Friday, 29 October 2010
Many computer and electronic gadget manufacturers are or have become increasingly aware of, building their devices with recyclable materials through which they promote their products with Green Energy Certification. This is all well and good for consumers and green industrial standards alike, but what of the packaging used for these devices ? Most if not all computer hardware and just about every gadget we pick up from the electronics store is boxed using preformed polystyrene foam, or Styrofoam. And while many artists, architects, model makers and diy-ers, etc love to create and build with it, the material has a huge downside - it doesn't and will never, ever ever break down and disintegrate with the earth - in other words its simply not compostable.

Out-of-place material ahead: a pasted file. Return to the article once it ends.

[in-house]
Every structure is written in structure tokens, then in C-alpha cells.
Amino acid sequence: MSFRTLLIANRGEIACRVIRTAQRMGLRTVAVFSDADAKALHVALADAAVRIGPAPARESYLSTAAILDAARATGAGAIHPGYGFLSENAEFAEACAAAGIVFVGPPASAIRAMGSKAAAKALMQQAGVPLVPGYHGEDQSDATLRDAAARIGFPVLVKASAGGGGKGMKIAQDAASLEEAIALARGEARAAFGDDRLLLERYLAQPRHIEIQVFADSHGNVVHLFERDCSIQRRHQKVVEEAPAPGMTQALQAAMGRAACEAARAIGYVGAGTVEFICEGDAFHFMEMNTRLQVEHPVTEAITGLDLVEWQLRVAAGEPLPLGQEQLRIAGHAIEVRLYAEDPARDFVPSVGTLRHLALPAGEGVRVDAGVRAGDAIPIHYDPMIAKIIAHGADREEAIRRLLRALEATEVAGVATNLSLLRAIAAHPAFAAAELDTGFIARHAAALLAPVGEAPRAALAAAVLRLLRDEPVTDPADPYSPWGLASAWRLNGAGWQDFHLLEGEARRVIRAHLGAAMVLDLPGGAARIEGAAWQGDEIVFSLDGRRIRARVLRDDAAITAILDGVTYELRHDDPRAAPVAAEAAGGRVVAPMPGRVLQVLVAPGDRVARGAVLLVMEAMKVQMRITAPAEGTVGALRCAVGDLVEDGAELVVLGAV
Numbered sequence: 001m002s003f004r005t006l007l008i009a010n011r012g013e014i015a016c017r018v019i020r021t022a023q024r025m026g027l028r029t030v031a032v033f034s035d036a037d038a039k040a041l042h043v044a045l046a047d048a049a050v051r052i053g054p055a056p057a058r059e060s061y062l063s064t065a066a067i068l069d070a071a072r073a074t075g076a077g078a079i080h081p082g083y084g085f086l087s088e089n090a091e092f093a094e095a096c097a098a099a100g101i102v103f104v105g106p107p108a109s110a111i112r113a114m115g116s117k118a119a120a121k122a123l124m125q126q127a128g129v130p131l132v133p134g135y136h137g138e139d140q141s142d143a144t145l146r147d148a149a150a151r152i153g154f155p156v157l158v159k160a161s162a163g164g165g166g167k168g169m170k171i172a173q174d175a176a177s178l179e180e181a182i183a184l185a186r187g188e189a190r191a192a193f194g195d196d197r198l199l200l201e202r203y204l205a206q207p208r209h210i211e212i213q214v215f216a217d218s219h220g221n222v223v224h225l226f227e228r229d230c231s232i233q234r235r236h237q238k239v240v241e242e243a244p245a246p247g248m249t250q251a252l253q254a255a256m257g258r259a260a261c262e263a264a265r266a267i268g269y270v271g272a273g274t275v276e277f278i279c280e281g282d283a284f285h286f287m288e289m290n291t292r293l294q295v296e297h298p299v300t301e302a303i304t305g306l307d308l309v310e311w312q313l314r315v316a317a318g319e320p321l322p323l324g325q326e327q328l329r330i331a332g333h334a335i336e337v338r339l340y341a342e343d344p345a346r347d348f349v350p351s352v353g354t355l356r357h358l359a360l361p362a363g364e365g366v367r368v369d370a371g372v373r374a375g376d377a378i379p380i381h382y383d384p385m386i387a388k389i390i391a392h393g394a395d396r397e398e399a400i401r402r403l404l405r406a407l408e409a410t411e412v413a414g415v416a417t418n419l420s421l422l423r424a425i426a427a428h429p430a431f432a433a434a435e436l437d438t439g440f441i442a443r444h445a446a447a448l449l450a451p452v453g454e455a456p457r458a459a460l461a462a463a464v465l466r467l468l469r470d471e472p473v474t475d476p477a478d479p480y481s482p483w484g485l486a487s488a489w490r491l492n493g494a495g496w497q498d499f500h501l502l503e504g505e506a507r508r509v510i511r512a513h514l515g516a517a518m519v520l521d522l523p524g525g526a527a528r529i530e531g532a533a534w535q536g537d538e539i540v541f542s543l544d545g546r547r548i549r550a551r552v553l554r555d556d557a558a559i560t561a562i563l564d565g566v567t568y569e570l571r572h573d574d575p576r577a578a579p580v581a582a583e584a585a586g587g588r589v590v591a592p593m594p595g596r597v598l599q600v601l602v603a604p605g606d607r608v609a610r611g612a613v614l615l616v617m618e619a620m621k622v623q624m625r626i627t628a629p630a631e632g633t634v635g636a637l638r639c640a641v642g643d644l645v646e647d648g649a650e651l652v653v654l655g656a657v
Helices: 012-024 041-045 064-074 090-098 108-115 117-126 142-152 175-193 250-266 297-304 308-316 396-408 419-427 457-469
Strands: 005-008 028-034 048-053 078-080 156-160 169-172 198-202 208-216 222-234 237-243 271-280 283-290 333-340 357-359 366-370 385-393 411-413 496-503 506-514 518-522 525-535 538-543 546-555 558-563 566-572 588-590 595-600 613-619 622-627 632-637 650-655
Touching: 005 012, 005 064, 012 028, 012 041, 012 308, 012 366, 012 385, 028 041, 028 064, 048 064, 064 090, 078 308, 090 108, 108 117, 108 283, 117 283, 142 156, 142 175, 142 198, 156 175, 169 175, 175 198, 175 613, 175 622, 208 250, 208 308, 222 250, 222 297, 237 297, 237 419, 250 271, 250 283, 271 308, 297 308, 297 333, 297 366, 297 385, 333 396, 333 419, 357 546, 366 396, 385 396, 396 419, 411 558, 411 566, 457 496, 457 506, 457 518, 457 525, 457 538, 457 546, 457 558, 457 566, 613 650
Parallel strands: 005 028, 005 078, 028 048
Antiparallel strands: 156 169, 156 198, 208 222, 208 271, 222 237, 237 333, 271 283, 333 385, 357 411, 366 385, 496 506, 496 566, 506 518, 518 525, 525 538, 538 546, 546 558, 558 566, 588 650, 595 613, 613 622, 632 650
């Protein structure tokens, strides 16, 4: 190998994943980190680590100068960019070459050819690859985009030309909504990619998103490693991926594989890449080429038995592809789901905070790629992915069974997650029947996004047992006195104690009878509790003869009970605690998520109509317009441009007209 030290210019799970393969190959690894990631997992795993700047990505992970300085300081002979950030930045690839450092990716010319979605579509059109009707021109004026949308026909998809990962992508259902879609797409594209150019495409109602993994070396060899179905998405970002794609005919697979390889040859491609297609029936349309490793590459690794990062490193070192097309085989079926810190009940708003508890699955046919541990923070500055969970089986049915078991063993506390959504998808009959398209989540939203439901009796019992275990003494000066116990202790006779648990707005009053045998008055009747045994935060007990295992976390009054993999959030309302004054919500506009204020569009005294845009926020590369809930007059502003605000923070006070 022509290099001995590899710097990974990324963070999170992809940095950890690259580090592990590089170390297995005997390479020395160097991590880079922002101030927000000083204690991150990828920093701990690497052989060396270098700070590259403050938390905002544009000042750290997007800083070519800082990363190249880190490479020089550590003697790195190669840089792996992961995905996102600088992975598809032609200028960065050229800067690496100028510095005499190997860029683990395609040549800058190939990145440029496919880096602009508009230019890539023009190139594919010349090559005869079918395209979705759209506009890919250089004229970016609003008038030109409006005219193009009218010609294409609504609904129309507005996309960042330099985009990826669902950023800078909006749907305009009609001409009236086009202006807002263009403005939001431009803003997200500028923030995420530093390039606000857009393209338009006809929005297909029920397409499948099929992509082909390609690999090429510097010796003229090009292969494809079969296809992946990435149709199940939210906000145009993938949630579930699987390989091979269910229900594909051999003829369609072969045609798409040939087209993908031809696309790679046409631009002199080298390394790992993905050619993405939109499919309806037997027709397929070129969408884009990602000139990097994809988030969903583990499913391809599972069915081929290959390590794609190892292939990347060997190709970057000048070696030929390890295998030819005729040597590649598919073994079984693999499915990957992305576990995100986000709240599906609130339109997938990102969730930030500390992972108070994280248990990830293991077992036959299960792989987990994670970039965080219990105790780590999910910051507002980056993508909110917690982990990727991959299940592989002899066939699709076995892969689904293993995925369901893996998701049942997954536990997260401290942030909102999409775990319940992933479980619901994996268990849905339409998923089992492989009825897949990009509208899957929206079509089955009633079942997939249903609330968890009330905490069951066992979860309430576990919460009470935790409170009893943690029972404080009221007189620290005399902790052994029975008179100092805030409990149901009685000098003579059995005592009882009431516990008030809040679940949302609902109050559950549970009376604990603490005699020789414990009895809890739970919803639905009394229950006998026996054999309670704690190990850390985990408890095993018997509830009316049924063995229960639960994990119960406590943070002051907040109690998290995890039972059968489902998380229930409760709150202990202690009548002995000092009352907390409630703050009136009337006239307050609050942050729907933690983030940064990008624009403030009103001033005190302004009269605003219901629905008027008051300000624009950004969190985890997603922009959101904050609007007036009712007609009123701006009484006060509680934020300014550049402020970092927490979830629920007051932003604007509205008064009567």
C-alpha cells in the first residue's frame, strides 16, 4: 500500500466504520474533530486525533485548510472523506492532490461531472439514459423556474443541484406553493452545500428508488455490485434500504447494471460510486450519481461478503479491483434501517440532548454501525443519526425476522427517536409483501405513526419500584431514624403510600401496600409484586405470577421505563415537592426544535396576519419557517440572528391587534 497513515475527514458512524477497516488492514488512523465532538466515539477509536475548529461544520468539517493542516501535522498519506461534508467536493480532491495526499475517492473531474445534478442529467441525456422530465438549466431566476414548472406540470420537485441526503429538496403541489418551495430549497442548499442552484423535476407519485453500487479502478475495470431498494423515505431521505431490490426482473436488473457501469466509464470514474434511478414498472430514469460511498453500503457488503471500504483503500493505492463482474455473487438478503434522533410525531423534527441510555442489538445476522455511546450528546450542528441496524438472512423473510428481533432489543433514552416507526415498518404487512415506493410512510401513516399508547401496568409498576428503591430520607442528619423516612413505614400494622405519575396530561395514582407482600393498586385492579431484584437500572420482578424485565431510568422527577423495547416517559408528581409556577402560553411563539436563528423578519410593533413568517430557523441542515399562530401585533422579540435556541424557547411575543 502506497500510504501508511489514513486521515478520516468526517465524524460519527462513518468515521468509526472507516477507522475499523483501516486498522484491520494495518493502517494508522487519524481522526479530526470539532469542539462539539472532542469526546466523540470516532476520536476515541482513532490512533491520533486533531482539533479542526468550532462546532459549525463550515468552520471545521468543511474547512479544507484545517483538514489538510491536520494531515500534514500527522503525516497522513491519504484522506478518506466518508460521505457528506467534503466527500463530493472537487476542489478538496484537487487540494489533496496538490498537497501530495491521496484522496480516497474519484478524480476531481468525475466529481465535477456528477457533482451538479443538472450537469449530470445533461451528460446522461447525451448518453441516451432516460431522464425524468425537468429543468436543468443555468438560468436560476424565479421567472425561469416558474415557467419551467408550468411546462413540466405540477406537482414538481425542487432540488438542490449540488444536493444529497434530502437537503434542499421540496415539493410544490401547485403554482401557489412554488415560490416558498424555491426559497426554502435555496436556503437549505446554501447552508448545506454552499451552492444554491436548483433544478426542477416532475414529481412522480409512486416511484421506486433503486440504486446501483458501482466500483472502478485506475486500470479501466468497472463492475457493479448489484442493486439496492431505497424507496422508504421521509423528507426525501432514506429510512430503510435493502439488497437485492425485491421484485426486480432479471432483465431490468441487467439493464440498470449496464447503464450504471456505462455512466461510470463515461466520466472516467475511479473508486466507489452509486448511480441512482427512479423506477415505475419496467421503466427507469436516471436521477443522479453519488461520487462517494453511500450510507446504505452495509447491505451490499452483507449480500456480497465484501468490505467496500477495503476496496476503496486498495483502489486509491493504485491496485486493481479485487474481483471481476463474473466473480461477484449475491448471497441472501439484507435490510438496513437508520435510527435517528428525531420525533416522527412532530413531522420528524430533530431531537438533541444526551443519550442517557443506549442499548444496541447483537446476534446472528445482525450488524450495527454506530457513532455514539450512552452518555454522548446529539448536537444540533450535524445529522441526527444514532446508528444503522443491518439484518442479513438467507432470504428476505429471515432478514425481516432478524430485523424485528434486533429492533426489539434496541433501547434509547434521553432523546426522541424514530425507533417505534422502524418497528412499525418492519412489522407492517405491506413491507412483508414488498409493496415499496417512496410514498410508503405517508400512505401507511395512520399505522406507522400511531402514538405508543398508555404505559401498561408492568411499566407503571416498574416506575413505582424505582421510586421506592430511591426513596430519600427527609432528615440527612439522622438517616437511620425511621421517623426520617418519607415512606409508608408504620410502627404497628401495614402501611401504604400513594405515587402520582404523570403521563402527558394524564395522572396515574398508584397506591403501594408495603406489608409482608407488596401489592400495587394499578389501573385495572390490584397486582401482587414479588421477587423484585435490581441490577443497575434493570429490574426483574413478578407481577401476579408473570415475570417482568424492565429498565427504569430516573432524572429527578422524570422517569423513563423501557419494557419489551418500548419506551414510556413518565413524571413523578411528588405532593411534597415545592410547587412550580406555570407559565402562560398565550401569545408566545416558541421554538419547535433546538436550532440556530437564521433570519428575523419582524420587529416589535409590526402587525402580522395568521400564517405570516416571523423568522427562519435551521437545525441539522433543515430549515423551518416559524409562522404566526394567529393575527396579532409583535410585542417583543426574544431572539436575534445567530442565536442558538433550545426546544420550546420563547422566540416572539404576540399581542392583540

According to Eben Bayer the USA alone currently spends $20 billion a year to produce all sorts of Styrofoam, from coolers to carryout containers and untold amounts of packaging. It takes 1.5 liters of petrol to produce just one cubic foot of the stuff, and Styrofoam occupies 25 percent of our landfills.
Eben Bayer, in the video here, talks about a better solution based on natures recycling system using Mycelium found in mushrooms as the glue for his new packaging called Mycobond. His initiative transforms low-value agricultural byproducts into strong biological composites that can be used as biodegradable alternatives to conventional polluting plastics, foams, and packaging materials.